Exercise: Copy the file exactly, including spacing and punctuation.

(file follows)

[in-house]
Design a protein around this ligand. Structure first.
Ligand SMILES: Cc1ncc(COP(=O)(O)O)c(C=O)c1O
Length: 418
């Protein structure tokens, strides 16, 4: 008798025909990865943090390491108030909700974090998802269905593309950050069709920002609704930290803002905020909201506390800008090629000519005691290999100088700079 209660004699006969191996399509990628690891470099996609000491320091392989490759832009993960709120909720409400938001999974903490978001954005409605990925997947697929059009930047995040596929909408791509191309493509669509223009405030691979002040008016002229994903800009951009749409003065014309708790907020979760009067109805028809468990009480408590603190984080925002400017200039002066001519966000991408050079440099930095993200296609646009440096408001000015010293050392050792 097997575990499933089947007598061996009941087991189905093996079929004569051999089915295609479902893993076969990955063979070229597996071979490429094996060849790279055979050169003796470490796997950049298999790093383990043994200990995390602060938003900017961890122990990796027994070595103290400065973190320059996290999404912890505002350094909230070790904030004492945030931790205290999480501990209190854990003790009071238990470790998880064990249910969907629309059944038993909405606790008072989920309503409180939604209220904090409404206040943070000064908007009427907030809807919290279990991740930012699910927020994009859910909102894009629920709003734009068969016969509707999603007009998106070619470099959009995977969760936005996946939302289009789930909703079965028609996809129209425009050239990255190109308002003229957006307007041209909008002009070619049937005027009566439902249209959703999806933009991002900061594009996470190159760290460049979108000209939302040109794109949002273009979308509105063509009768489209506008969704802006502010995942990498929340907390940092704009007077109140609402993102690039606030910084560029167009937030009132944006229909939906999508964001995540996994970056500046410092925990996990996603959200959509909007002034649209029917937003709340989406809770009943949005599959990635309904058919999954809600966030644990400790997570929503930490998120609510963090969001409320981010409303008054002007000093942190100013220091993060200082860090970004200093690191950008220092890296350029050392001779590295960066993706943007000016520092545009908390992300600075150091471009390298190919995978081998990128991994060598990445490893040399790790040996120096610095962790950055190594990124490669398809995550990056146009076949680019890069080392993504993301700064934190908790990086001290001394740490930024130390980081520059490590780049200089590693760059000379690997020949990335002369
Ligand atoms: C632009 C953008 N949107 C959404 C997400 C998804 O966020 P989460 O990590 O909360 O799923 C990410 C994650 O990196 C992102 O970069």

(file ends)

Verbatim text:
[in-house]
Design a protein around this ligand. Structure first.
Ligand SMILES: Cc1ncc(COP(=O)(O)O)c(C=O)c1O
Length: 418
């Protein structure tokens, strides 16, 4: 008798025909990865943090390491108030909700974090998802269905593309950050069709920002609704930290803002905020909201506390800008090629000519005691290999100088700079 209660004699006969191996399509990628690891470099996609000491320091392989490759832009993960709120909720409400938001999974903490978001954005409605990925997947697929059009930047995040596929909408791509191309493509669509223009405030691979002040008016002229994903800009951009749409003065014309708790907020979760009067109805028809468990009480408590603190984080925002400017200039002066001519966000991408050079440099930095993200296609646009440096408001000015010293050392050792 097997575990499933089947007598061996009941087991189905093996079929004569051999089915295609479902893993076969990955063979070229597996071979490429094996060849790279055979050169003796470490796997950049298999790093383990043994200990995390602060938003900017961890122990990796027994070595103290400065973190320059996290999404912890505002350094909230070790904030004492945030931790205290999480501990209190854990003790009071238990470790998880064990249910969907629309059944038993909405606790008072989920309503409180939604209220904090409404206040943070000064908007009427907030809807919290279990991740930012699910927020994009859910909102894009629920709003734009068969016969509707999603007009998106070619470099959009995977969760936005996946939302289009789930909703079965028609996809129209425009050239990255190109308002003229957006307007041209909008002009070619049937005027009566439902249209959703999806933009991002900061594009996470190159760290460049979108000209939302040109794109949002273009979308509105063509009768489209506008969704802006502010995942990498929340907390940092704009007077109140609402993102690039606030910084560029167009937030009132944006229909939906999508964001995540996994970056500046410092925990996990996603959200959509909007002034649209029917937003709340989406809770009943949005599959990635309904058919999954809600966030644990400790997570929503930490998120609510963090969001409320981010409303008054002007000093942190100013220091993060200082860090970004200093690191950008220092890296350029050392001779590295960066993706943007000016520092545009908390992300600075150091471009390298190919995978081998990128991994060598990445490893040399790790040996120096610095962790950055190594990124490669398809995550990056146009076949680019890069080392993504993301700064934190908790990086001290001394740490930024130390980081520059490590780049200089590693760059000379690997020949990335002369
Ligand atoms: C632009 C953008 N949107 C959404 C997400 C998804 O966020 P989460 O990590 O909360 O799923 C990410 C994650 O990196 C992102 O970069």